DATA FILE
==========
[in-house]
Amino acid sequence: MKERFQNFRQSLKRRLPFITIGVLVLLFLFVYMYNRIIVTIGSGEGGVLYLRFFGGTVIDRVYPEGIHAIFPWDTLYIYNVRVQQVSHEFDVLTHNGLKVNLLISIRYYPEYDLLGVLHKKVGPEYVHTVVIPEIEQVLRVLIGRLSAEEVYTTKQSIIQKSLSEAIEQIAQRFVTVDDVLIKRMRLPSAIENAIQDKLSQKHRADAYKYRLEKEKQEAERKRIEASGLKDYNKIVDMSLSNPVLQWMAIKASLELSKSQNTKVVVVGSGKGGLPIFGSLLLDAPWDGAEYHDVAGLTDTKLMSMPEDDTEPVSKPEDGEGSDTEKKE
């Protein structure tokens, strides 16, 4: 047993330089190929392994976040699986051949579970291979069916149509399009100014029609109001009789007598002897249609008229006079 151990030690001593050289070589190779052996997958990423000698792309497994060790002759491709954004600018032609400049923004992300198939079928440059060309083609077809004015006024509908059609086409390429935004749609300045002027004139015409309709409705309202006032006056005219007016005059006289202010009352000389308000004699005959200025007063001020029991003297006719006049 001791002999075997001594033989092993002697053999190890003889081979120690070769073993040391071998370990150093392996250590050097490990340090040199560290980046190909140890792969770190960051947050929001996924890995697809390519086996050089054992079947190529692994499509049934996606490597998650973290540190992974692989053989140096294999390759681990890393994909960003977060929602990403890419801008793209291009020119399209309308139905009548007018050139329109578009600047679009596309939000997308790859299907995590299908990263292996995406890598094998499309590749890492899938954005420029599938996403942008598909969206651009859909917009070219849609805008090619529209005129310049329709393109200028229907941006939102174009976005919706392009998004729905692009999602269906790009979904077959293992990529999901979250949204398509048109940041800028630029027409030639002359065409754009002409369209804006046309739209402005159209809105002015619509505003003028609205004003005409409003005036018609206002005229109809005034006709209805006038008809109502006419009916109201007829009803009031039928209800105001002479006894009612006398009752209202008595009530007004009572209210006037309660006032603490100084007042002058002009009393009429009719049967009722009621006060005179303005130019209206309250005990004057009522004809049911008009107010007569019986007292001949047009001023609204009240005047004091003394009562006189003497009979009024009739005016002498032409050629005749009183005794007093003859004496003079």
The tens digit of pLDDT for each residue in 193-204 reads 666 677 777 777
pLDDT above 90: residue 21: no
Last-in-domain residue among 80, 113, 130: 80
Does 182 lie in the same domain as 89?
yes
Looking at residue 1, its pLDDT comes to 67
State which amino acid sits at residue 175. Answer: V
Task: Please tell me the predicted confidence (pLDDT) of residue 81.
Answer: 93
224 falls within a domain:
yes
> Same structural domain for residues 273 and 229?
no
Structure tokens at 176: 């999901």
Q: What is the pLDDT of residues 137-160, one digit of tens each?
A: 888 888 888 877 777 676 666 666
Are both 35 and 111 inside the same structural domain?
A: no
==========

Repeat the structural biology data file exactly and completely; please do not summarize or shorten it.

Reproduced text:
[in-house]
Amino acid sequence: MKERFQNFRQSLKRRLPFITIGVLVLLFLFVYMYNRIIVTIGSGEGGVLYLRFFGGTVIDRVYPEGIHAIFPWDTLYIYNVRVQQVSHEFDVLTHNGLKVNLLISIRYYPEYDLLGVLHKKVGPEYVHTVVIPEIEQVLRVLIGRLSAEEVYTTKQSIIQKSLSEAIEQIAQRFVTVDDVLIKRMRLPSAIENAIQDKLSQKHRADAYKYRLEKEKQEAERKRIEASGLKDYNKIVDMSLSNPVLQWMAIKASLELSKSQNTKVVVVGSGKGGLPIFGSLLLDAPWDGAEYHDVAGLTDTKLMSMPEDDTEPVSKPEDGEGSDTEKKE
């Protein structure tokens, strides 16, 4: 047993330089190929392994976040699986051949579970291979069916149509399009100014029609109001009789007598002897249609008229006079 151990030690001593050289070589190779052996997958990423000698792309497994060790002759491709954004600018032609400049923004992300198939079928440059060309083609077809004015006024509908059609086409390429935004749609300045002027004139015409309709409705309202006032006056005219007016005059006289202010009352000389308000004699005959200025007063001020029991003297006719006049 001791002999075997001594033989092993002697053999190890003889081979120690070769073993040391071998370990150093392996250590050097490990340090040199560290980046190909140890792969770190960051947050929001996924890995697809390519086996050089054992079947190529692994499509049934996606490597998650973290540190992974692989053989140096294999390759681990890393994909960003977060929602990403890419801008793209291009020119399209309308139905009548007018050139329109578009600047679009596309939000997308790859299907995590299908990263292996995406890598094998499309590749890492899938954005420029599938996403942008598909969206651009859909917009070219849609805008090619529209005129310049329709393109200028229907941006939102174009976005919706392009998004729905692009999602269906790009979904077959293992990529999901979250949204398509048109940041800028630029027409030639002359065409754009002409369209804006046309739209402005159209809105002015619509505003003028609205004003005409409003005036018609206002005229109809005034006709209805006038008809109502006419009916109201007829009803009031039928209800105001002479006894009612006398009752209202008595009530007004009572209210006037309660006032603490100084007042002058002009009393009429009719049967009722009621006060005179303005130019209206309250005990004057009522004809049911008009107010007569019986007292001949047009001023609204009240005047004091003394009562006189003497009979009024009739005016002498032409050629005749009183005794007093003859004496003079």
The tens digit of pLDDT for each residue in 193-204 reads 666 677 777 777
pLDDT above 90: residue 21: no
Last-in-domain residue among 80, 113, 130: 80
Does 182 lie in the same domain as 89?
yes
Looking at residue 1, its pLDDT comes to 67
State which amino acid sits at residue 175. Answer: V
Task: Please tell me the predicted confidence (pLDDT) of residue 81.
Answer: 93
224 falls within a domain:
yes
> Same structural domain for residues 273 and 229?
no
Structure tokens at 176: 């999901």
Q: What is the pLDDT of residues 137-160, one digit of tens each?
A: 888 888 888 877 777 676 666 666
Are both 35 and 111 inside the same structural domain?
A: no